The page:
Beginner basics of gardening: everything you need for starting a food garden


basics-of-gardening-header

One of the most common barriers that prevent people from growing their own food is complexity. Imagine, you finally decide to grow a garden but then you read about the commitment necessary to start a garden: buy this, make sure to have that, be careful of this...and the list goes on. After reading up on all the requirements of gardening you might be feeling pretty overwhelmed. 

Surprisingly, gardening is much simpler than you may think. You can get started as early as today, we’re not kidding! Here’s our beginner’s guide for all you need to start your food garden in under five minutes.

 

Start small and keep it simple

Gardens needing a lot of space is one of the biggest misconceptions we hear everyday. If you are new to gardening, start small and keep it simple. Start with one plant, like arugula or a herb, and do that well. (Many plants take no more than five minutes of your time everyday.) Then move up from there.

start-small-plants

Photo by Matt Montgomery

You can even challenge your roommate and see who can grow theirs quickest.

 

Know your time investment

There’s a gardener’s saying that goes “the best fertilizer is the gardener’s shadow.” When you plan to grow, think of how much time you can give to your plants. 

easy-vegetables

Photo by Webvilla

If you only have 5 minutes a day, that’s fine; there are many plants that only require that much time from you (arugula, radishes, lettuce, or onions to name a few). Grow them indoors by a window you pass often if you need to be visually reminded.

 

Find light

Whether you grow plants indoors or outdoors they need light. When growing outdoors, find a spot that doesn’t have much shade from nearby trees or your house. When growing indoors, look for a place by a window that gets sunlight.

indoor-lighting

Photo by Tatiana Lapina

Short on sunlight? Grow your plant indoors and substitute sunlight with grow lights or fluorescent lights

 

Everything you need to have

Many websites will give you extensive lists of tools and things you need for a garden. But if you’re starting small, you can count on your fingers everything you need.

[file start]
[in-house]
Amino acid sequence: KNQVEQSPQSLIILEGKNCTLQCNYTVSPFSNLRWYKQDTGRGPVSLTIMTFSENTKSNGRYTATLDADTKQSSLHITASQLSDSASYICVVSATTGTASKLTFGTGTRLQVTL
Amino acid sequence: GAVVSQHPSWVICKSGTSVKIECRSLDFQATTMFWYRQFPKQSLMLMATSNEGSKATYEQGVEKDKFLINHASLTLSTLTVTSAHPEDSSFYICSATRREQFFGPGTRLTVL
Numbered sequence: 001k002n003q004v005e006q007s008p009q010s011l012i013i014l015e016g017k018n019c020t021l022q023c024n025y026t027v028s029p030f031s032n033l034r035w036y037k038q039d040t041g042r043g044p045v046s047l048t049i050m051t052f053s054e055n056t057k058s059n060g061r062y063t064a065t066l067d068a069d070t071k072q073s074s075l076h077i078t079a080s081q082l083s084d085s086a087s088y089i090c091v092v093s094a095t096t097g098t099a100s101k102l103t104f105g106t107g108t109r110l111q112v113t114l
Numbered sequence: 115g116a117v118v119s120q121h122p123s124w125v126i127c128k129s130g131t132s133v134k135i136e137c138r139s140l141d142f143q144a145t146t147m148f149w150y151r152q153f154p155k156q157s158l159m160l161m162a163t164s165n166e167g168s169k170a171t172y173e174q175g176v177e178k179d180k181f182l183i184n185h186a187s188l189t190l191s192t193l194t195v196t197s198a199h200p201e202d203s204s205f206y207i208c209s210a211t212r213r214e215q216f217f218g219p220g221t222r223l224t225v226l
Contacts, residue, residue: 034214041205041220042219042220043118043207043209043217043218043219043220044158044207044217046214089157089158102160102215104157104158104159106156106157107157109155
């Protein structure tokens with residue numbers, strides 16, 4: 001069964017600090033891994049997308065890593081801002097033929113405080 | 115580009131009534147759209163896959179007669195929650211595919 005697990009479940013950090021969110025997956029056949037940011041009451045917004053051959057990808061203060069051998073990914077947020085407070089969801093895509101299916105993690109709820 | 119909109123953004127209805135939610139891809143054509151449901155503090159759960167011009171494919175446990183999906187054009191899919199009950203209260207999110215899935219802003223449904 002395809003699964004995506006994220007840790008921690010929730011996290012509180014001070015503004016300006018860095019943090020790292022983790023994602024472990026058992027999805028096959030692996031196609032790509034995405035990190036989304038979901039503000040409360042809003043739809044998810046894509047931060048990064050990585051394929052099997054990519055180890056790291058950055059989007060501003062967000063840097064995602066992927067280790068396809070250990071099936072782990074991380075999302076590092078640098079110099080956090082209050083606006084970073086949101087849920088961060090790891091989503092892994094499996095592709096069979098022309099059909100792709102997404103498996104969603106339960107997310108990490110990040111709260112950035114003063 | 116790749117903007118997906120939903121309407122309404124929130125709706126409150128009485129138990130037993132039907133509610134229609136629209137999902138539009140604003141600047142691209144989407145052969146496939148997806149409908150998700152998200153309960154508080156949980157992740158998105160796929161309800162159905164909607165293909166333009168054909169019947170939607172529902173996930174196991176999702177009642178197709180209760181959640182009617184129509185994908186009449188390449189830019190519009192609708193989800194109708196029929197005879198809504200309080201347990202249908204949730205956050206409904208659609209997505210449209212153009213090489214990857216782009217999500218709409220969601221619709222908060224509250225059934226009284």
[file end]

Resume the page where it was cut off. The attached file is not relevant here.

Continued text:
Seed or seedlings

We generally recommend starting with seedlings, baby versions of the plants, since it’s much quicker to see your plant’s growth. Find the closest seedling supplier by searching “garden nurseries.”

Need help getting started? Here’s a list of the easiest vegetables to grow

 

Container

After deciding whether to grow plants indoor or outdoors, choosing a container is your next step. Containers vary in size to fit your needs. What’s most important is that your containers have holes at the bottom to allow for drainage.

We recommend starting with a small container, like a pot or a planter box. Many of the plants we list above fit in these small containers.

 

Soil+

Pick soil that is good for fruit and vegetables for your edible plants. Think of soil as the natural multi-vitamin pill that a plant uses to stay healthy. 

If you already have soil at home, here’s a five minute test to check your soil’s pH level using only vinegar and baking soda.

Optional: Get a bag of fertilizer or compost and add some at the base of the plant every month.

 

Tools

If you are only growing a few plants in small containers you really only need these tools to start:

  • A hand spade
  • Scissors
  • A watering container, like a hose or a pitcher
  • Optional: gloves

The rest of the tools are only necessary if you have a bigger garden.

And that’s everything you need to know to get started as a beginner gardener. Ready to start gardening? Download the My Green Space app to easily manage your plants including instant reminders to assist you through your plant’s life.

         

Header image by Benjamin Combs

For those looking to learn more, below are some other guides and articles for your reading pleasure

Easiest vegetables to grow

How to grow a garden with limited space

Garden jargon explained (coming soon!)

Testing your soil pH with vinegar and baking soda


Leave a comment